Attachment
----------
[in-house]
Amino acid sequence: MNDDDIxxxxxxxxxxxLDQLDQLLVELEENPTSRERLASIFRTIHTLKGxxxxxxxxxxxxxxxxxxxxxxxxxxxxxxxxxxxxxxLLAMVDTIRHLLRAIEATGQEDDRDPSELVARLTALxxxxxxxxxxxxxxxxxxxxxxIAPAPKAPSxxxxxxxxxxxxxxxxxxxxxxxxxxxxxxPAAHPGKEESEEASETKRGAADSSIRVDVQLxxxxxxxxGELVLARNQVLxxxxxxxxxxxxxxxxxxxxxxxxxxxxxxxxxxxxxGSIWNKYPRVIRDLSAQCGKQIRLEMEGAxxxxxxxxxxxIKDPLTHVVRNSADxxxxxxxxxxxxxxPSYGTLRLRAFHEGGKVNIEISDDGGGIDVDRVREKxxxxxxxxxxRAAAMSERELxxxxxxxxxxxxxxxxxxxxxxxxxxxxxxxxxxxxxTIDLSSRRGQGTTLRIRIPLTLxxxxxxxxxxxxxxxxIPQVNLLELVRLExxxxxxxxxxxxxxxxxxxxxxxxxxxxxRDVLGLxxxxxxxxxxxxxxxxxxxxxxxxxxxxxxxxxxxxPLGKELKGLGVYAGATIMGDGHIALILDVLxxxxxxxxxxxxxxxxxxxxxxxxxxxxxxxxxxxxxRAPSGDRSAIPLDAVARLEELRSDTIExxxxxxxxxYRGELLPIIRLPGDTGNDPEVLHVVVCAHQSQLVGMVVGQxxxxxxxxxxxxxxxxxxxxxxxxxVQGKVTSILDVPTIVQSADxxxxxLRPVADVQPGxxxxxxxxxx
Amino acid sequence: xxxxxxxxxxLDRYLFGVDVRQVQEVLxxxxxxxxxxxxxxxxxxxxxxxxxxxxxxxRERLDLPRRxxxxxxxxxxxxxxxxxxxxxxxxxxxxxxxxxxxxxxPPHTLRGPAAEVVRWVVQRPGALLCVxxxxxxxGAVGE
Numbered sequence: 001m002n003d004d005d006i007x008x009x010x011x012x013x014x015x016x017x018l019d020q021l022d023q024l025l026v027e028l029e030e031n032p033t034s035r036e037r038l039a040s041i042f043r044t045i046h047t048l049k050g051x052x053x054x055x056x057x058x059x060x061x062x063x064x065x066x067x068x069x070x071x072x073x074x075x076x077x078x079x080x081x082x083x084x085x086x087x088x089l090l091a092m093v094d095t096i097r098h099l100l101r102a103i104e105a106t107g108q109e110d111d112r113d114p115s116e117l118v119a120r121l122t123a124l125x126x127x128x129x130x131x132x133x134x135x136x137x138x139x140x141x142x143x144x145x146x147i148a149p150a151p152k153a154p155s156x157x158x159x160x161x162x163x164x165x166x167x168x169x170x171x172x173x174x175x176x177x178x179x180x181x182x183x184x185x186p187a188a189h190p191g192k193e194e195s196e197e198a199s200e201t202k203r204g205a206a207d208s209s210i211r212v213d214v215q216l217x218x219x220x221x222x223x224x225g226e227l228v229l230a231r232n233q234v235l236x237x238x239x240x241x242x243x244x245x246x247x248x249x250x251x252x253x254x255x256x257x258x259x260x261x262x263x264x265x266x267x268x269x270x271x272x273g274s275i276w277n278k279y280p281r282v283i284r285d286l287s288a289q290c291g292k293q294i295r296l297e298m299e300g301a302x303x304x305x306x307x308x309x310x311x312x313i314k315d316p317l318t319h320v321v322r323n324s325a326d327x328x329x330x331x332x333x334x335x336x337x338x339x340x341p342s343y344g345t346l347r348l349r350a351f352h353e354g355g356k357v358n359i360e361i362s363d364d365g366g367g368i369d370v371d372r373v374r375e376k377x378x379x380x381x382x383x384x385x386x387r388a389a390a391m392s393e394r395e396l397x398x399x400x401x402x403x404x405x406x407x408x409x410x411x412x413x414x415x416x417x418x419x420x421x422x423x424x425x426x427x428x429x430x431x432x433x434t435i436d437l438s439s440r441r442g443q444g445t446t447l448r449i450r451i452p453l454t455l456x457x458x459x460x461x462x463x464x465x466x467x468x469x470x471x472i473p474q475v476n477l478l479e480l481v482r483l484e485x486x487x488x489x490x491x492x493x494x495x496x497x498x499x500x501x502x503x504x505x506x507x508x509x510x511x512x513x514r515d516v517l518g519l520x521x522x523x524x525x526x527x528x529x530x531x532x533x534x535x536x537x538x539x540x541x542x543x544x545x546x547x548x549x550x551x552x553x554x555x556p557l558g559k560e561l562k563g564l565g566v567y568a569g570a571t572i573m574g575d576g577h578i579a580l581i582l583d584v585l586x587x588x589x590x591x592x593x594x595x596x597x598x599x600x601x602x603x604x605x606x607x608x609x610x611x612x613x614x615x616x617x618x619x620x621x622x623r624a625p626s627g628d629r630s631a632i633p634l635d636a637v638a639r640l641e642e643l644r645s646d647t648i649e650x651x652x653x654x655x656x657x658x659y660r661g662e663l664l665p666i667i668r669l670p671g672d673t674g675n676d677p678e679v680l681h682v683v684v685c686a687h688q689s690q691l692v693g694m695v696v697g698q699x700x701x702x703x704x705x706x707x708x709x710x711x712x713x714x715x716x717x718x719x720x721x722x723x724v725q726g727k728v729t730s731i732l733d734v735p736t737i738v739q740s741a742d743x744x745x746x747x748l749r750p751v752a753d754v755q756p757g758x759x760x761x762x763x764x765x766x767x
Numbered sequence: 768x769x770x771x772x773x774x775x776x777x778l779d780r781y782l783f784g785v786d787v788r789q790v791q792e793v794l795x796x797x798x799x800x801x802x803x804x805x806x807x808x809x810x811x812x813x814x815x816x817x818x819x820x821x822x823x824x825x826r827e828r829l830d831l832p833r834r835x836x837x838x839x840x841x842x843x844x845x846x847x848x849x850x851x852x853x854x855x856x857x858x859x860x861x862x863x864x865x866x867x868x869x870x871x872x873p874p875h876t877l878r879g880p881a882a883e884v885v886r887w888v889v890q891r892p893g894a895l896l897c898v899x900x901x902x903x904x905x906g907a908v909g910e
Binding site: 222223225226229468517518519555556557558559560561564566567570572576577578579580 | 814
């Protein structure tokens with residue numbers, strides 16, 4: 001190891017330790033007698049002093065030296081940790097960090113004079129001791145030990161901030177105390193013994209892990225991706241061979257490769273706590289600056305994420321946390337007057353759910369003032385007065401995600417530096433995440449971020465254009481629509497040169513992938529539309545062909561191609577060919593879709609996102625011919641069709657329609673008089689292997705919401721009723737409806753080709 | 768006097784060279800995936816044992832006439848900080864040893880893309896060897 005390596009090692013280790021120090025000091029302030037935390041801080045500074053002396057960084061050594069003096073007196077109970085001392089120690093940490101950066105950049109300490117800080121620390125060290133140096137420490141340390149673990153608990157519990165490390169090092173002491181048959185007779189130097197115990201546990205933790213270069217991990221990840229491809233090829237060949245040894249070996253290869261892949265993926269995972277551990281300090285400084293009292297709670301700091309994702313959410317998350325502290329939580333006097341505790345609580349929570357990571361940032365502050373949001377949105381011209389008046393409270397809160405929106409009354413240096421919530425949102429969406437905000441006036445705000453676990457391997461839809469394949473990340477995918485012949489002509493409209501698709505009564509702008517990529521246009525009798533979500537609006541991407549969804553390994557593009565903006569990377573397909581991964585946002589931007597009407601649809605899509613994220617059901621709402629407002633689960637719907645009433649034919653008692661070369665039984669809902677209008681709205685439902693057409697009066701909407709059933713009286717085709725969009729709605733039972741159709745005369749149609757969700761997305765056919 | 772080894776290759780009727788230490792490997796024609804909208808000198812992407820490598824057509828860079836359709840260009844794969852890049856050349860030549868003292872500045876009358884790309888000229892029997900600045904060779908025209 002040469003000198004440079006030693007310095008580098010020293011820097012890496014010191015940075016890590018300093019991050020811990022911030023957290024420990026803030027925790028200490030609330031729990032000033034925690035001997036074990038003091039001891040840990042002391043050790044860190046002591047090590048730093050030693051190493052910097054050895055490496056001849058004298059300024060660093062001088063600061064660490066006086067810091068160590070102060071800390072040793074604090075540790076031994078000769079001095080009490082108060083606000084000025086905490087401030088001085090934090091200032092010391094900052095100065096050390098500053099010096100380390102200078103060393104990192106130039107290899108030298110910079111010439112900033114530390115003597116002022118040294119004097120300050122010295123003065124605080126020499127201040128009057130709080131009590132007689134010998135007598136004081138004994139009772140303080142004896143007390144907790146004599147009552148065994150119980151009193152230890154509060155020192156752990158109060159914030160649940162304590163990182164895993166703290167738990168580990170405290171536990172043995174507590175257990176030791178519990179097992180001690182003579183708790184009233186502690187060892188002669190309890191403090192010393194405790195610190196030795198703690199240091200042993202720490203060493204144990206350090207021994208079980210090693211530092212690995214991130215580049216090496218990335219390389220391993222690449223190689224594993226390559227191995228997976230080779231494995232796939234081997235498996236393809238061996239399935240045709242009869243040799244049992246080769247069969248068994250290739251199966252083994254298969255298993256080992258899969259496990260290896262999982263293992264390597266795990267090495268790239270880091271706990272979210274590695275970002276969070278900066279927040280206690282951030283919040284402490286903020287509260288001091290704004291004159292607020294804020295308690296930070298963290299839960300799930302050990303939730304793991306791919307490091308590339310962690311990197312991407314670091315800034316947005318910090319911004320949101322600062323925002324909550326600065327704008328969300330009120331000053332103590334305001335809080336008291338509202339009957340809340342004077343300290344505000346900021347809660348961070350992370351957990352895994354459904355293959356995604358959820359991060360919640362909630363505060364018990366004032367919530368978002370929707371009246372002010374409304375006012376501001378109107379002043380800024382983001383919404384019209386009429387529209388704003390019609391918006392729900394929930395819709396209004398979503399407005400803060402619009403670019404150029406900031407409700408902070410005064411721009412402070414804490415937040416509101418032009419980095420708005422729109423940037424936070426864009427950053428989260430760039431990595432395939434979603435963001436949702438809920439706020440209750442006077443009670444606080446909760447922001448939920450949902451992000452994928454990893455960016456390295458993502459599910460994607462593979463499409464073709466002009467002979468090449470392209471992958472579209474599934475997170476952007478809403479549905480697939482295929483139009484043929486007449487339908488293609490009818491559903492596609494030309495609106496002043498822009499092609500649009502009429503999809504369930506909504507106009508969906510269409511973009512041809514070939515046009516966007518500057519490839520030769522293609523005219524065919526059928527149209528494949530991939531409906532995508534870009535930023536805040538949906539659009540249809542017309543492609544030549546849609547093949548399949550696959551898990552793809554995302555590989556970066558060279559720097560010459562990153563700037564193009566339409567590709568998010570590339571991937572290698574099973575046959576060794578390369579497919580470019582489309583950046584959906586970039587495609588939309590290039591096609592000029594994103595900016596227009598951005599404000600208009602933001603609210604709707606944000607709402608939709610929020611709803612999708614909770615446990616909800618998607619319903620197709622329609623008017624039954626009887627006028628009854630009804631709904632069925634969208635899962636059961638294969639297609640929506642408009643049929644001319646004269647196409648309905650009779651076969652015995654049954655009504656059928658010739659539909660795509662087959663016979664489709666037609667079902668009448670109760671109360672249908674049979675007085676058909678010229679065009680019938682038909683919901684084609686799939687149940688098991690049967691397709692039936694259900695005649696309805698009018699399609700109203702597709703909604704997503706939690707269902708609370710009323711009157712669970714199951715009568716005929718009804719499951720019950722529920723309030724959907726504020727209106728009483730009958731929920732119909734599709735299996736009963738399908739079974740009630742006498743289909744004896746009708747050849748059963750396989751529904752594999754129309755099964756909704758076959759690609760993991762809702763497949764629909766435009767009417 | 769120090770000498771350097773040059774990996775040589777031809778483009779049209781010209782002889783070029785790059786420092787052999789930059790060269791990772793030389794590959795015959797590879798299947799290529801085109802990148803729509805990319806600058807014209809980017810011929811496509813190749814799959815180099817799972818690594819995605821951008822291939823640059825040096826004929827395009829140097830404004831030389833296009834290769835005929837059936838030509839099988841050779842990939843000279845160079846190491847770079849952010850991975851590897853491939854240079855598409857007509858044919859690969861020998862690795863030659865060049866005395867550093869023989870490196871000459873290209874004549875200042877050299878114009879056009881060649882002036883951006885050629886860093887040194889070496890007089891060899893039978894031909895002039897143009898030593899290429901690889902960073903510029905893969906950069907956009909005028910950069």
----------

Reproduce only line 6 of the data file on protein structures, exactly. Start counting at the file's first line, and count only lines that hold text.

Binding site: 222223225226229468517518519555556557558559560561564566567570572576577578579580 | 814